Copyright in the 21st century or how “IT Gurus of Atlanta” plagiarized my and other’s articles

I thought this would never happen, but it did. I am not sure if I should feel honored that someone plagiarized my article, but someone did.

They did such a bad job at copying my article that they left one of the links in it that point back to my blog. I got a WordPress ping-back request – that is how I found out. If they put even the slightest bit of care and checked the links, I would never know.

“IT Gurus of Atlanta” is technology a consulting company in Atlanta area. A LinkedIn search reveals four employees. They may very well have more. They claim they serve both private and government clients. A couple of reviews on Facebook seem to indicate they have reasonably good customer service.

I don’t question their customer service or their technology. I question their ethics.

Consider my original article titled “JavaScript as the language of the cloud” here. Now compare it with the one “IT Gurus of Atlanta” posted. To make the matters worse, an employee of theirs named Andre Moulton (who is also a contact on the “WHOIS” records for their domain) posted the article as “written by Andre Moulton” to both LinkedIn and Facebook!

If my article were the only one “IT Gurus of Atlanta” plagiarized, it wouldn’t be so bad. Everyone makes mistakes. Consider this article that they posted on March 13th, 2017:

Intel is acquiring Mobileye, a company that specializes in chips for vision-based autonomous vehicles. The Marker and Axios first reported the deal, valued at $15.3 billion, and it will see Intel take over some key technology for its ambitions to lead autonomous cars. BMW, Intel, and Mobileye have all partnered to deploy 40 autonomous vehicles for testing on public roads later this year. Intel and Mobileye’s technology is to be tested on roads in the US and Europe.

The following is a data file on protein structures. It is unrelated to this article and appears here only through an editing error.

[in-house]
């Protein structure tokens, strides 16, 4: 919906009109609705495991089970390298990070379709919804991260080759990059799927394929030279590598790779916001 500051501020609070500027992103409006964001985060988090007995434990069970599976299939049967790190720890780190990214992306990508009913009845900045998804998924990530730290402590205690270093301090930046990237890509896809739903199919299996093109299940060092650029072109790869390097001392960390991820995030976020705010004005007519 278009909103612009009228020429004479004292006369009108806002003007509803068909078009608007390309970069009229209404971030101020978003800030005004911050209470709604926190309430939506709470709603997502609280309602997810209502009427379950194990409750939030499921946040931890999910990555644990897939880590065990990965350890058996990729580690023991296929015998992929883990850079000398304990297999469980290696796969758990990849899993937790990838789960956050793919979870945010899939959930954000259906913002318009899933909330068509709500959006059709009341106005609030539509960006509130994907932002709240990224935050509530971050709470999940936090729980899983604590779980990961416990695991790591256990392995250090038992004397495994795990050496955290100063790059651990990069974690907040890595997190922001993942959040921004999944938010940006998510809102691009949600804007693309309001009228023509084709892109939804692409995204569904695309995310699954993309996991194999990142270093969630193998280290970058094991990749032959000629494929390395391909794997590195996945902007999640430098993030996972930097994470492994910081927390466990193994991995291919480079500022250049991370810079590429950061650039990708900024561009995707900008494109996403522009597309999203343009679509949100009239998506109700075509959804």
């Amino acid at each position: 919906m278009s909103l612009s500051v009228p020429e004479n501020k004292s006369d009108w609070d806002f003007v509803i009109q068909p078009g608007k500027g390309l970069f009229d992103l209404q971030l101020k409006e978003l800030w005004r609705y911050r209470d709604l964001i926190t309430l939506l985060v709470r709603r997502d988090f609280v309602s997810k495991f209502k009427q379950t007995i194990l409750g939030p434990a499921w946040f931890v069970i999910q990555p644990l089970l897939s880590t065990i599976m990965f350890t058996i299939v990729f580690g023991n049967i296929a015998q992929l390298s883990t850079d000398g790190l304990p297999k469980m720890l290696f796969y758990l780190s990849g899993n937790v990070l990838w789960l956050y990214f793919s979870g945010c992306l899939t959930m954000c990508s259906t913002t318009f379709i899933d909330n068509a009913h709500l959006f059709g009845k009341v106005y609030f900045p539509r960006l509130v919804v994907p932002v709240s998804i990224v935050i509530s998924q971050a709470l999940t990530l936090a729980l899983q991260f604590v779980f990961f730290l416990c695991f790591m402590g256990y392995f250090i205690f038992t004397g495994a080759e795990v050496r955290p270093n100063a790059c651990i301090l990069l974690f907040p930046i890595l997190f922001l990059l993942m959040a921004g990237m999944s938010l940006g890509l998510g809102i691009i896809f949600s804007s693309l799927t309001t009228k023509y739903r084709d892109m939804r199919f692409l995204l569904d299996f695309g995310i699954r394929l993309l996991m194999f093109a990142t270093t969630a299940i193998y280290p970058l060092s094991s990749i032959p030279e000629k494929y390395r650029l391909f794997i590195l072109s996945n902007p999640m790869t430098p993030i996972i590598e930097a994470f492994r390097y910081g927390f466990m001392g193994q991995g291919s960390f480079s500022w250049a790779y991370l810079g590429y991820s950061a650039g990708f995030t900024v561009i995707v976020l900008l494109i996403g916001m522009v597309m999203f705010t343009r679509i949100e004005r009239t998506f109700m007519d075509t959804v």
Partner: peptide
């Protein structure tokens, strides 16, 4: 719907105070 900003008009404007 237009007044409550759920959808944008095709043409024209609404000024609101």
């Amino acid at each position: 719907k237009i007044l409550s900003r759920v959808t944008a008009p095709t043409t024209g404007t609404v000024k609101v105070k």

And this original article on The Verge:

Intel is acquiring Mobileye, a company that specializes in chips for vision-based autonomous vehicles. The Marker and Axios first reported the deal, valued at $15.3 billion, and it will see Intel take over some key technology for its ambitions to lead autonomous cars. BMW, Intel, and Mobileye have all partnered to deploy 40 autonomous vehicles for testing on public roads later this year. Intel and Mobileye’s technology is to be tested on roads in the US and Europe.

How about this one, published by IT Gurus of Atlanta:

In organizations’ ongoing quest to become highly mobile enterprises, it’s become clear that Good – BlackBerry’s enterprise mobility platform – just isn’t good enough. As BlackBerry transitions customers from Good for Enterprise to Good Work, customers may want to rethink their options for mobile productivity solutions.

And the original on Computerworld:

In organizations’ ongoing quest to become highly mobile enterprises, it’s become clear that Good – BlackBerry’s enterprise mobility platform – just isn’t good enough. As BlackBerry transitions customers from Good for Enterprise to Good Work, customers may want to rethink their options for mobile productivity solutions.

“IT Gurus of Atlanta” claims to have 25 years of experience in IT. I dread learning what intellectual property they violated and how much of it that belongs to others, their customers, and their partners in those 25 years.

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